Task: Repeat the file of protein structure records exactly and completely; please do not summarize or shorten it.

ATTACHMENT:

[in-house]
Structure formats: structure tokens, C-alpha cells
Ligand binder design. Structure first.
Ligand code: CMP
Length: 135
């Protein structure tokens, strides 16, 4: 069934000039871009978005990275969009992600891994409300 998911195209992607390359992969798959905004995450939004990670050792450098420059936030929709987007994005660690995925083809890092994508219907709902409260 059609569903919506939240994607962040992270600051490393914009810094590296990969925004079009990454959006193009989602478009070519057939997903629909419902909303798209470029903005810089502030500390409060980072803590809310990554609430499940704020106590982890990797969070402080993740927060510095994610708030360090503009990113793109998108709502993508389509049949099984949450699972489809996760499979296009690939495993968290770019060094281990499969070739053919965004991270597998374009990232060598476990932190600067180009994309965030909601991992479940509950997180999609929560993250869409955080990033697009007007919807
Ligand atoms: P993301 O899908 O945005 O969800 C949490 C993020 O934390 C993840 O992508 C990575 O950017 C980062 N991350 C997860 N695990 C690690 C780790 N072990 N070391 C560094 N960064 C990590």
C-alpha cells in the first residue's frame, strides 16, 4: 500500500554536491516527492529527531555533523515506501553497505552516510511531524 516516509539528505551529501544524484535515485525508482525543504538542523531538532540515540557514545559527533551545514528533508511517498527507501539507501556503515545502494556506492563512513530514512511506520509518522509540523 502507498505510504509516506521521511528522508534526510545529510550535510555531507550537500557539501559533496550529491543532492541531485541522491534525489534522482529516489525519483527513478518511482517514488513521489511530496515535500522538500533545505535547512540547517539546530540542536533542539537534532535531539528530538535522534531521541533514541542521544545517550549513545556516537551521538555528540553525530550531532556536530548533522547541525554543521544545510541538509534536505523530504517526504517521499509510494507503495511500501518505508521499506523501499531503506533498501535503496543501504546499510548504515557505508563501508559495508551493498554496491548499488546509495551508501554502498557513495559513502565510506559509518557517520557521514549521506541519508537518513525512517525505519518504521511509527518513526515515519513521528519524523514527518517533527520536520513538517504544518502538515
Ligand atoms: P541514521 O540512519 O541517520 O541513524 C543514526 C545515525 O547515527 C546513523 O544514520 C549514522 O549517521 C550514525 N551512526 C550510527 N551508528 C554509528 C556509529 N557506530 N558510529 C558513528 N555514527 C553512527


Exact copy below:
[in-house]
Structure formats: structure tokens, C-alpha cells
Ligand binder design. Structure first.
Ligand code: CMP
Length: 135
């Protein structure tokens, strides 16, 4: 069934000039871009978005990275969009992600891994409300 998911195209992607390359992969798959905004995450939004990670050792450098420059936030929709987007994005660690995925083809890092994508219907709902409260 059609569903919506939240994607962040992270600051490393914009810094590296990969925004079009990454959006193009989602478009070519057939997903629909419902909303798209470029903005810089502030500390409060980072803590809310990554609430499940704020106590982890990797969070402080993740927060510095994610708030360090503009990113793109998108709502993508389509049949099984949450699972489809996760499979296009690939495993968290770019060094281990499969070739053919965004991270597998374009990232060598476990932190600067180009994309965030909601991992479940509950997180999609929560993250869409955080990033697009007007919807
Ligand atoms: P993301 O899908 O945005 O969800 C949490 C993020 O934390 C993840 O992508 C990575 O950017 C980062 N991350 C997860 N695990 C690690 C780790 N072990 N070391 C560094 N960064 C990590």
C-alpha cells in the first residue's frame, strides 16, 4: 500500500554536491516527492529527531555533523515506501553497505552516510511531524 516516509539528505551529501544524484535515485525508482525543504538542523531538532540515540557514545559527533551545514528533508511517498527507501539507501556503515545502494556506492563512513530514512511506520509518522509540523 502507498505510504509516506521521511528522508534526510545529510550535510555531507550537500557539501559533496550529491543532492541531485541522491534525489534522482529516489525519483527513478518511482517514488513521489511530496515535500522538500533545505535547512540547517539546530540542536533542539537534532535531539528530538535522534531521541533514541542521544545517550549513545556516537551521538555528540553525530550531532556536530548533522547541525554543521544545510541538509534536505523530504517526504517521499509510494507503495511500501518505508521499506523501499531503506533498501535503496543501504546499510548504515557505508563501508559495508551493498554496491548499488546509495551508501554502498557513495559513502565510506559509518557517520557521514549521506541519508537518513525512517525505519518504521511509527518513526515515519513521528519524523514527518517533527520536520513538517504544518502538515
Ligand atoms: P541514521 O540512519 O541517520 O541513524 C543514526 C545515525 O547515527 C546513523 O544514520 C549514522 O549517521 C550514525 N551512526 C550510527 N551508528 C554509528 C556509529 N557506530 N558510529 C558513528 N555514527 C553512527